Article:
Israel has announced plans to move forward with the construction of 500 homes for Jewish settlers in occupied East Jerusalem, the first such move since the US presidential election. 

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"This morning, the local planning and building committee made the decision to advance [plans]... for 500 units in Ramat Shlomo," the Ir Amim anti-settlement NGO said, referring to an ultra-Orthodox Jewish settlement near the Palestinian neighbourhood of Shuafat. 

The plans had been on hold since 2014, Ir Amin said.

The Jerusalem municipality said the "plans in question are not new and were approved years ago". 

More than 200,000 Israeli settlers now live in communities in East Jerusalem, which Israel has occupied along with the rest of the West Bank, the Gaza Strip and parts of Egypt and Syria since the 1967 war. 

More than half-a-million Israelis live in Jewish-only settlements throughout the West Bank, including East Jerusalem. They are considered illegal by international law. 

Speaking to Israel's Channel Two last week, Meir Turgeman, the vice mayor of Jerusalem, said: "There are a lot more plans, and I intend to use the US transition period to get them approved."

Mustafa Barghouti, a member of the Palestinian Legislative Council, described the announcement as "a very serious strategic and dangerous" decision. 

"This wouldn't have happened if it wasn't for the failure and silence of the international community," Barghouti told Al Jazeera. 

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Hanan Ashrawi, a member of the Palestine Liberation Organization's executive committee, also condemned the move. 

"It is time that the US, the European Union, and all states that claim commitment to the two-state solution adopt concrete steps and measures to prevent the completion of these dangerous plans and to impose sanctions on Israel before it draws the whole region into further violence, extremism, and instability," she said, as reported by the local Ma'an News Agency.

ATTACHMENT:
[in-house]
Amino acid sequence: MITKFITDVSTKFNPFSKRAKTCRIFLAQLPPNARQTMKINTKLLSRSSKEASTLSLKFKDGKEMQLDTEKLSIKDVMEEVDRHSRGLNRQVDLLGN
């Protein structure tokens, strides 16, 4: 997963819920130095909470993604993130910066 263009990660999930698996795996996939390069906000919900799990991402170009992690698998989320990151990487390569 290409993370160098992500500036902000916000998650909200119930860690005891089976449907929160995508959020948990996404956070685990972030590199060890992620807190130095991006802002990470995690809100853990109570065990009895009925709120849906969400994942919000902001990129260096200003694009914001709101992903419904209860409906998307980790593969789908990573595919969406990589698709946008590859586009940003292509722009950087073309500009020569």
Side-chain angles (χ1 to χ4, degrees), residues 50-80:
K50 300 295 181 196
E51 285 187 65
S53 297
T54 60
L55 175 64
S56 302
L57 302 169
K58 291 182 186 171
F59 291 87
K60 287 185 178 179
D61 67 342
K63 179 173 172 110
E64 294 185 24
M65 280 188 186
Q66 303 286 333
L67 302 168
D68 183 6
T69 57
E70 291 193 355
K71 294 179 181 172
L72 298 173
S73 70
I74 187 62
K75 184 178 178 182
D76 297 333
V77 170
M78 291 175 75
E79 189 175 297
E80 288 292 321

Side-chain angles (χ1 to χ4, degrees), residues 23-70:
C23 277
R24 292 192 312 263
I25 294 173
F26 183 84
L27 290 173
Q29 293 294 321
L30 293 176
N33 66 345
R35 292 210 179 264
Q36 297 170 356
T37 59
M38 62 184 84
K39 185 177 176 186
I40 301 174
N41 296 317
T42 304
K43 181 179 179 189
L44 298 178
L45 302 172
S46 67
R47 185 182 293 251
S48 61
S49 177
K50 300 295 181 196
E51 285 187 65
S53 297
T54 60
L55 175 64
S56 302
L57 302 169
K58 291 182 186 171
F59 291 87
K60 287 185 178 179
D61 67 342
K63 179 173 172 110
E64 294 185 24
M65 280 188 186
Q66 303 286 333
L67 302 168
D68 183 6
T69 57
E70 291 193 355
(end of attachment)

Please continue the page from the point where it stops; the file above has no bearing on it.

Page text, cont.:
The Trump effect

Though the US president-elect has said he would "love" to broker a peace deal between Israel and the Palestinians, many feel his election will embolden Israel's far-right and the settlement movement it supports. 

Reporting from East Jerusalem, Al Jazeera's Bernard Smith noted the move "comes in the waning weeks of the Obama administration". 

"This is a decision only so far taken at the municipality level," he said. "It hasn't reached the prime minister's office yet. But if there's very significant international outrage, then maybe the prime minister could freeze this extension to try and avoid Israel being criticised internationally further." 

Between 2009 and 2014, settlements were expanded by at least 23 percent. 

Israel's hard-line right-wing Prime Minister Benjamin Netanyahu has time and again vowed to continue settlement expansion. In March 2015, the day before Israelis re-elected him, Netanyahu promised to prevent the establishment of a Palestinian state under his watch.

According to Barghouti, the electoral victory of Trump has already heartened Israel's far-right settlement movement. 

"The real policy of the Israeli government is definitely to destroy the very last opportunity to build a Palestinian state and kill the so-called two state solution," he said. 

Statements made by Trump, who has claimed all of Jerusalem as part of Israel, and his political allies "are support for nothing short of violating international law", Barghouti added.

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Source: Al Jazeera News And Agencies